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Thread: Linux antivirus for Windows viruses?

  1. #1
    Join Date
    Sep 2009

    Default Linux antivirus for Windows viruses?

    I have a version of Avast antivirus for Linux installed on my machine. I installed that when I was paranoid (I'm not quite so paranoid now ) to search and track Linux viruses.
    Now I need it for something different: tracking and removing Windows viruses. I've heard that Linux antiviruses really only search for Windows viruses, but I need to be very sure; it's very important that the file I'm checking with a Linux antivirus is not infected with a Windows virus.
    The file I want to check is a huge ISO file downloaded from BitTorrent. Considering how virus-infected BitTorrent downloads are, I want to check the file.
    I use Avast Linux Home Edition version 1.3.0, if all this helps.

  2. #2

    Default Re: Linux antivirus for Windows viruses?

    I can't tell you anything about using Avast (although I've found it reasonably good on Windows systems), but I can tell you that most Linux users seem to recommend ClamAV for such purposes.

  3. #3
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    Jun 2008
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    Default Re: Linux antivirus for Windows viruses?

    What you have will do, so long as you have permissions to access the windows partition

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  4. #4

    Default Re: Linux antivirus for Windows viruses?

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    Huge ISO files from BitTorrent.... you mean like a Linux distro DVD I'm
    sure. Luckily for you all of those include md5sums posted on the
    distribution's website so you can compare with the downloaded ISO to be
    sure it is not compromised in any way. Other vendors typically have the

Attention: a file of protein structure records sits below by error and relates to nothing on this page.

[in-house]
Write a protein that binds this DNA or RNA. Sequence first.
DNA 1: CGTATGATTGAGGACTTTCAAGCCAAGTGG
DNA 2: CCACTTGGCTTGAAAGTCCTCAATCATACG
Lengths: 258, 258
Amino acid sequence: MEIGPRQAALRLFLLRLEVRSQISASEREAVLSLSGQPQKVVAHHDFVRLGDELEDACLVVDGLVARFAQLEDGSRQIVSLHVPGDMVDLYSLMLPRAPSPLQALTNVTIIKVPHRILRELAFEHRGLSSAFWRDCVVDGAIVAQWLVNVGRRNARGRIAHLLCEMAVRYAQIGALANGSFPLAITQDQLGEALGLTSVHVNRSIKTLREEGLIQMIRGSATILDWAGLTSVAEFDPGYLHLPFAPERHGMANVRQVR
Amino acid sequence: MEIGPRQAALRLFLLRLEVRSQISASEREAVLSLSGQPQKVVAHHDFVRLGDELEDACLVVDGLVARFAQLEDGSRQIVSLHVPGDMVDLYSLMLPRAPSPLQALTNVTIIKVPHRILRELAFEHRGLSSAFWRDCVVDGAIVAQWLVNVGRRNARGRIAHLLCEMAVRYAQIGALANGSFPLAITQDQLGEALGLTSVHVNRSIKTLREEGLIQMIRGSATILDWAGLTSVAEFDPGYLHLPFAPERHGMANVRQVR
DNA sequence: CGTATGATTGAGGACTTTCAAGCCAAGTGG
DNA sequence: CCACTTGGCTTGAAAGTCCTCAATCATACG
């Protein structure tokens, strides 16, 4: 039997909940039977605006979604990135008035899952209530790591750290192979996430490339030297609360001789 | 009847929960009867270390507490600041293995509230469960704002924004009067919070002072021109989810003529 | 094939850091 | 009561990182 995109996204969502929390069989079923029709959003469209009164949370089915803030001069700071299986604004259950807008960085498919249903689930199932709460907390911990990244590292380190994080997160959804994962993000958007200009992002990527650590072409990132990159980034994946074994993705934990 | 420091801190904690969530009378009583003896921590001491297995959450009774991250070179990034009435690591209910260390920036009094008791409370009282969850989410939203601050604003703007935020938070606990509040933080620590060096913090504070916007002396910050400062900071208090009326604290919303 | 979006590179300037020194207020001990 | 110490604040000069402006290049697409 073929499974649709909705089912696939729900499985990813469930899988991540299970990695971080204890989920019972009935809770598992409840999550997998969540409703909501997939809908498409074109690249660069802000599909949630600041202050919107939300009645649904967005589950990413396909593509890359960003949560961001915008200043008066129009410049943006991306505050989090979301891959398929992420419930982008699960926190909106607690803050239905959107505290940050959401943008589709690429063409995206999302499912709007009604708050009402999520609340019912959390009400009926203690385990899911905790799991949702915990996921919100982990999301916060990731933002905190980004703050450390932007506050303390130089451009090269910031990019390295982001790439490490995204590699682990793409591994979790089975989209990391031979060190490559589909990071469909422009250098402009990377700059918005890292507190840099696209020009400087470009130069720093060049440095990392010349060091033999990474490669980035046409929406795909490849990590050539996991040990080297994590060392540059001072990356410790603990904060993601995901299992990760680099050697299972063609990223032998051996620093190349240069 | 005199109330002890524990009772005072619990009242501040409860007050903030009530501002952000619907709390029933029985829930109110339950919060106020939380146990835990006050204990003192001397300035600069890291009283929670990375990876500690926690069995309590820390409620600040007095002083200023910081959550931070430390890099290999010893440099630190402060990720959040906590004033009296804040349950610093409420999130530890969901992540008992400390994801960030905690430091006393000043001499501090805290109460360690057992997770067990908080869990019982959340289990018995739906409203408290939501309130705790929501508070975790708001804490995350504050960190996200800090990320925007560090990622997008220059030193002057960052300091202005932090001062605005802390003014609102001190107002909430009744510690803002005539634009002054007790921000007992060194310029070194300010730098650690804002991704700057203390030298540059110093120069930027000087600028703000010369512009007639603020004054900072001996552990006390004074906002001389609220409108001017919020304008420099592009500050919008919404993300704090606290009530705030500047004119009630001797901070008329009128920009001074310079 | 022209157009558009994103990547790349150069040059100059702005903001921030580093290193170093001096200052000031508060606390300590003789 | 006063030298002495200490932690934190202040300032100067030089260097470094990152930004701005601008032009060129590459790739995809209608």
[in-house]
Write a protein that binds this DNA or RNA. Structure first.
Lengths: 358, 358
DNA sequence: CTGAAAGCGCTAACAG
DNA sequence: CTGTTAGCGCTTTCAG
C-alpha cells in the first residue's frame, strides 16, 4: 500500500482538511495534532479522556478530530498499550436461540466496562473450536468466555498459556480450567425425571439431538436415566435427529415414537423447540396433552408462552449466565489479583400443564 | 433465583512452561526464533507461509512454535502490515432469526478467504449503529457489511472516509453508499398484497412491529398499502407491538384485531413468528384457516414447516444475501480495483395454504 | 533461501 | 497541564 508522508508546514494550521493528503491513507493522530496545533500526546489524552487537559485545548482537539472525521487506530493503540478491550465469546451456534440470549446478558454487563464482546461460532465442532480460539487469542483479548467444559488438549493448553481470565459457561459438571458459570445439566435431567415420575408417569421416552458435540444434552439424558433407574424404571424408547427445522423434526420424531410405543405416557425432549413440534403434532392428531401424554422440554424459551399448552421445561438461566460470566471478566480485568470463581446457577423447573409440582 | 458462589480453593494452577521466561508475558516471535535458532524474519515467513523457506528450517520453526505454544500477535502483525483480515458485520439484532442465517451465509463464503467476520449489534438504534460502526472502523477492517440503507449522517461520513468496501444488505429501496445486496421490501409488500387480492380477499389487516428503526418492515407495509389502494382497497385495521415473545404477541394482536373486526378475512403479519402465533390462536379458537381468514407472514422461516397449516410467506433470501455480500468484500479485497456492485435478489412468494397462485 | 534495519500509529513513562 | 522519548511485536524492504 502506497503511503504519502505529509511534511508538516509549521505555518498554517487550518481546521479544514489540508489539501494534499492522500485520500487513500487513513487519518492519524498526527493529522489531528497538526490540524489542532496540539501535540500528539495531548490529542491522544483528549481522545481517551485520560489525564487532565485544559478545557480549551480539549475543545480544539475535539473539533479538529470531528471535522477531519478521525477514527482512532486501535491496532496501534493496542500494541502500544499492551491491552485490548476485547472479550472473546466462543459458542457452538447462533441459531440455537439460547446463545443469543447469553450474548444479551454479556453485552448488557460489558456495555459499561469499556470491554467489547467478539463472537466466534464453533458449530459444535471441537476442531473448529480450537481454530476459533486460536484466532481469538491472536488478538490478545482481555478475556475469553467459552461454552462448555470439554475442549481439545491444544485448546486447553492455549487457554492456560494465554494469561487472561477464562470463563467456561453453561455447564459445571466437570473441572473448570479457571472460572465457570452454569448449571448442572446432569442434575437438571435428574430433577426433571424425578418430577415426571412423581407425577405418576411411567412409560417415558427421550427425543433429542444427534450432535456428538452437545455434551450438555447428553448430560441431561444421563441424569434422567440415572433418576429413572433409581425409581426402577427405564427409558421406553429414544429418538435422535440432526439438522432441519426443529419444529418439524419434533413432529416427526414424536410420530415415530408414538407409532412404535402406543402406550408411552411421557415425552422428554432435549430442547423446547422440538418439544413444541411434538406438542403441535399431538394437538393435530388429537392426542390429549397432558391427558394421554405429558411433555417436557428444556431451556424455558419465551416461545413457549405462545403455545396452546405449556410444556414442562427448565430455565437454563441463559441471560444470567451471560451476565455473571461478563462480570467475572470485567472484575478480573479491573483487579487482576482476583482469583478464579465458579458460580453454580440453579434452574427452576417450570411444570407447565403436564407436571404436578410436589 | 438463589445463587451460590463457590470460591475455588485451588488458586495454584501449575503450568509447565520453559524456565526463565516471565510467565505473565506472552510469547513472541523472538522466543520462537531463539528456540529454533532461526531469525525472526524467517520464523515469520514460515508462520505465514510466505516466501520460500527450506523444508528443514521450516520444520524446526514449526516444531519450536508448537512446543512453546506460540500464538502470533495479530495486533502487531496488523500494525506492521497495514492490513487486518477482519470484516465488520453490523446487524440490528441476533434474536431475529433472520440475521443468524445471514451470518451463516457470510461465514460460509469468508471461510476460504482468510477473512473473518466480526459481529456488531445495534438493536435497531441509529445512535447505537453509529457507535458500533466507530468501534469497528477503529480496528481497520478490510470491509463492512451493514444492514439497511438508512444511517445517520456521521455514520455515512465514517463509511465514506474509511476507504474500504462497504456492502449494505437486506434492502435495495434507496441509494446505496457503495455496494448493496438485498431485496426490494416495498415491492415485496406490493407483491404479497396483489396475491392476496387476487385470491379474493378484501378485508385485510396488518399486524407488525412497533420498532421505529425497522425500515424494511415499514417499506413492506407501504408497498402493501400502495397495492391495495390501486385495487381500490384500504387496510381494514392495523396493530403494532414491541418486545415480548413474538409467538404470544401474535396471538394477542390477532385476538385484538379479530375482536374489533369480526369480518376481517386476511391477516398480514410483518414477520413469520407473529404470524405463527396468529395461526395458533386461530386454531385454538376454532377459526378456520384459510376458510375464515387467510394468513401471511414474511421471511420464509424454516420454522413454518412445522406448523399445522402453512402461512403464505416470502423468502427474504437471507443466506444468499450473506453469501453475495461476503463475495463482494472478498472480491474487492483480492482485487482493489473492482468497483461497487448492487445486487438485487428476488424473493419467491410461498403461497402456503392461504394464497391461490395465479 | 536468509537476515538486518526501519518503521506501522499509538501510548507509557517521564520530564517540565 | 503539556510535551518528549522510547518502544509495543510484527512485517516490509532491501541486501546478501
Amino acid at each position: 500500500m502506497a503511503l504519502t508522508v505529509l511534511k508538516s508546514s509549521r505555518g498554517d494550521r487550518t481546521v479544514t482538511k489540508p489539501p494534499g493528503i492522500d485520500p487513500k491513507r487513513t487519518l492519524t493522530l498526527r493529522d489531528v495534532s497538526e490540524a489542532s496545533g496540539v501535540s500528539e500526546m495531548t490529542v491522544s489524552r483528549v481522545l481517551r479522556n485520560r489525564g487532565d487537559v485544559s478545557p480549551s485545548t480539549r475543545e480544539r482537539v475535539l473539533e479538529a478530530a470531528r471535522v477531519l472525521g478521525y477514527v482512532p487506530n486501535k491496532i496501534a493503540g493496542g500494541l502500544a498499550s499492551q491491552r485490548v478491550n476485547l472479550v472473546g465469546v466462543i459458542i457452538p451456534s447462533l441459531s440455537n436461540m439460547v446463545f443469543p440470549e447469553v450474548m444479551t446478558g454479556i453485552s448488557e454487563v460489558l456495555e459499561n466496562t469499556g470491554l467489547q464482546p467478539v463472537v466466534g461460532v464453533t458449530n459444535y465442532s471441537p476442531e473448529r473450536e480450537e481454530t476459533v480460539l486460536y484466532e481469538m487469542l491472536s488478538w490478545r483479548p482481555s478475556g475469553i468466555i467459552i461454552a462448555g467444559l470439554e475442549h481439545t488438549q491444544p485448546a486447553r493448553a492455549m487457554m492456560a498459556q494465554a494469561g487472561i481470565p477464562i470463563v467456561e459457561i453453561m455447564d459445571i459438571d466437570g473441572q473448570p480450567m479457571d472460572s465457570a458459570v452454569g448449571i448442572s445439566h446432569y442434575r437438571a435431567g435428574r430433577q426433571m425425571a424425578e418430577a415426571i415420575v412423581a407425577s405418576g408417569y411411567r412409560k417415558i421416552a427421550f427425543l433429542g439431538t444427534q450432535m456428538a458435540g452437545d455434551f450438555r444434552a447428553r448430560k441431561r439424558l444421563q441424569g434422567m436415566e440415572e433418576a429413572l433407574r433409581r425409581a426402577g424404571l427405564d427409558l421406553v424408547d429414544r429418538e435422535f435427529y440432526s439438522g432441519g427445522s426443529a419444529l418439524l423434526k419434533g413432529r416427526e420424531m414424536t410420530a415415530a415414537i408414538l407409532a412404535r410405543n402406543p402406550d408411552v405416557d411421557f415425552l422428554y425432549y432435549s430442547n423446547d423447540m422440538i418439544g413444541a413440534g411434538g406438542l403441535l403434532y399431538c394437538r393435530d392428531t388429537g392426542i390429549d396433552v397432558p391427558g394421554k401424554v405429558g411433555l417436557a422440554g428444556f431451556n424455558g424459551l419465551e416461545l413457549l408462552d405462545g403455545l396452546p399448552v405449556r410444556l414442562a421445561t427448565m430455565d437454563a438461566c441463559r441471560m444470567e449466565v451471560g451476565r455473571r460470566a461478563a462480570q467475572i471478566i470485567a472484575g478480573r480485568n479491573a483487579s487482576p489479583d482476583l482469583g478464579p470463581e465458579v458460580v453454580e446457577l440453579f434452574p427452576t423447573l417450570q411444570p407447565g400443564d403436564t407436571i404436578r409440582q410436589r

same thing (for example, Novell downloads include md5sums on the download
    pages that you can view). If the source is reputable at all getting some
    kind of checksum should be trivial.

    So on to a less-likely use case.... if the source is not reputable you
    have two options: accept risk or find a reputable source. Accepting risk
    is required if you use the ISO for a couple reasons. First, hiding a
    virus on purpose isn't that hard. Encrypting a virus makes it impossible
    to detect. That also means that in order to use the virus is must be
    decrypted, but if this ISO is an installer or something with executable
    (in windows) code then it could do that decryption where the AV software
    cannot and infect you. On the other side of things antivirus software no
    matter what McAfee or Symantec claim, is not an exact science. If it were
    then the need for newer versions and definitions every day would not
    perpetuate their business model. A new virus that does not match existing
    definitions is created every day which is why new definitions are
    constantly created.

    Hopefully you're in the first category and can verify your media via
    checksum from a reliable source.

    Good luck.

    Confuseling wrote:
    > I can't tell you anything about using Avast (although I've found it
    > reasonably good on Windows systems), but I can tell you that most Linux
    > users seem to recommend ClamAV for such purposes.

    Version: GnuPG v2.0.9 (GNU/Linux)
    Comment: Using GnuPG with Mozilla -

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